What I really liked is that the author primarily explored the dynamics at play between two twin brothers who have been joined at the hip most of their lives, and a boy coming between them when Aiden and Oliver get romantically involved. I loved how Max's jealousy was explored, how it realistically became a roadblock, and how it forced honesty and open conversation between Aiden and Max and allowed them to experience real growth in their relationship. In fact, the book, told from the POVs of all three of the young man, really focuses more so on the relationship struggles between the twins than the developing romance between Oliver and Aiden. While the crush/romance serves as a catalyst to the struggles Max and Aiden go through, it's not the the only focus of this book.

The characters, their portrayals, felt realistic to me for the most part, other than their maturity levels, and that's probably more so on me than the author - I guess I expected a bit more from 20 year olds even if they're twins. Out of the three of them, I would say that Oliver is probably the most mature, which is potentially due to him being a child of divorce, which tends to make you grow up a little faster, and also because he's an only child.

There are some interesting supporting characters as well. The twins' parents welcome Oliver back with open arms, and make him feel like he's part of the family again. They were perhaps slightly too perfect, but meh, I didn't care. I liked them. Oliver's parents are supportive of him, but also don't necessarily create an environment for him in which he feels free, on either side. His uncles and extended family on his father's side are a loud bunch, which introverted Oliver doesn't like so much, and his mother, while supportive, seemed to struggle somewhat with wanting her child have a relationship with his father, and also not realizing that the divorce affected Oliver much more than she thought.

The book ends with a super sweet epilogue, and that's all I'm going to say about that.

Quinn Anderson has proven once again that she can write fully fleshed out characters, with realistic, convincing characterizations, and a believable plot and timeline.

Highly recommended.


** I received a free copy of this book from its publisher in exchange for an honest review. **

ARC Review: Hawk In The Rowan by Sam Burns

Hawk In The Rowan - Sam Burns

Oh, this was so, so good, y'all. This is the 2nd book in the arc for Devon Murphy, head of the town council, and Wade Hunter, deputy sheriff and his mate. While this might be readable as a standalone, I don't recommend you do. You'd miss out on their beginning, and you'd miss out on this quirky, wonderful, amazing town full of supernatural beings who all support each other and try to protect each other from harm of outsiders who would use and abuse them, simply for what they are.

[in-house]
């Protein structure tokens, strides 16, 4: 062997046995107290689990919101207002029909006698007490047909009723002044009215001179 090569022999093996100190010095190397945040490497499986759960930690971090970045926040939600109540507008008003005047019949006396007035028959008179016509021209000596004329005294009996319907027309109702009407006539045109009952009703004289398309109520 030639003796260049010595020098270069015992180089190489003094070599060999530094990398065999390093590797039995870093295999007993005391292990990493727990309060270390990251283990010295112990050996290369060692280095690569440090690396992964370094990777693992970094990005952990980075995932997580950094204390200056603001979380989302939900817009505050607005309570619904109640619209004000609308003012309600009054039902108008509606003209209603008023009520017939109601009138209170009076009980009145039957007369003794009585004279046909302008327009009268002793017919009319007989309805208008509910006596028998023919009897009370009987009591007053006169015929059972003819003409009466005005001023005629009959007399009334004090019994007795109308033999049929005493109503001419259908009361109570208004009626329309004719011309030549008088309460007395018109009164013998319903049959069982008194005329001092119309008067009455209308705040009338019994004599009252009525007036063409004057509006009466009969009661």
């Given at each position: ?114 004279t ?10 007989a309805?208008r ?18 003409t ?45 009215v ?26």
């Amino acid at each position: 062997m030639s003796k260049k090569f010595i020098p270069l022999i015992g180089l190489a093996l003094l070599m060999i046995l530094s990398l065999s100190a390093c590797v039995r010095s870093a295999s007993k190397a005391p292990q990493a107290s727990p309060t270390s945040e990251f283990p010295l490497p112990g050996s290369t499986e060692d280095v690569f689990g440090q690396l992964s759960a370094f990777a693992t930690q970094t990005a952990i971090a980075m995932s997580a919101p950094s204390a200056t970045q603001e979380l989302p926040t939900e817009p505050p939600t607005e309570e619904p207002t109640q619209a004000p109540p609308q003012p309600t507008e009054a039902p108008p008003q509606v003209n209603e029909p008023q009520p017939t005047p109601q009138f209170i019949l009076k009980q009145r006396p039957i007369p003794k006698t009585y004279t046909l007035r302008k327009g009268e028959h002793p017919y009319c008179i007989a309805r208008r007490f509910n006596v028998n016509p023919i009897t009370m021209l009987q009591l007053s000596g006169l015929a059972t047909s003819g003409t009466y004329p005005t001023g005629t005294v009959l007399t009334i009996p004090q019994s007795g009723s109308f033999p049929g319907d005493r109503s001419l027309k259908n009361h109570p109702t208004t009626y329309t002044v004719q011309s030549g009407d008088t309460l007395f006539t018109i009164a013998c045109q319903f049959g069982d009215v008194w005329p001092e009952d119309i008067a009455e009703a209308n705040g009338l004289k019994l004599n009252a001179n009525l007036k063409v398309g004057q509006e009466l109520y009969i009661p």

In the very first book of this trilogy of trilogies, we got to meet Devon and Wade for the first time and watched them enter a romantic relationship, amid fighting a threat to the town and Devon coming into his own as he learns about his abilities, being Fae. That book left them with a strong HFN, but I knew that Devon struggled a bit - not only with his newfound abilities and responsibilities, but also with his inner voice that tells that he doesn't want to be tied down, and that he's not what they all see in him.

Now that the danger from the first three books has apparently passed, Devon wonders if he'll stay. Whether he should stay. Whether he should make a big commitment to Wade. Whether that is too much, too fast. Whether he's really supposed to stay, he, the wanderer.

We see him interact with Salli (a siren), Wade's brother Jesse, who's Devon's best friend, Fletcher and his mate, Jesse's mate Sean, Helena McKenzie who still treats Devon like he's dirt beneath her feet, for reasons we find out inside the pages, the vampire Cassidy, and the wise Oak - all the characters from the first trilogy make an appearance again and further the plot in their own way.

And then danger visits Rowan Harbor again.

I continue to be amazed by this author's prowess. For most of this book, I was at the edge of my seat, breathless and clutching my Nook white-knuckled. The tension builds slowly, like the blizzard coming, and when the weather unleashes its might, so does the danger, and Devon is right in the middle.

The symbolism is evident - as Devon fights the beast in the woods, he's also fighting the beast within him, the one that doubts, that fears, that wonders. And as he is victorious over the beast without, he also slays the one within. As he saves the towns folk (not on his own, of course), so he saves not only his own heart but Wade's too. And as the beast falls, so does Devon's doubt that he truly is exactly where he's meant to be.

And finally, Devon sees, really sees, what's been in front of him all along. Amazing what happens when you conquer your fears and speak your truth.

Obviously, this isn't the end, and I expect book 5 to pick up where we left off with Jesse Hunter and Sean Anderson as well as a new danger to the town, where all of our new friends have to come together to save the day.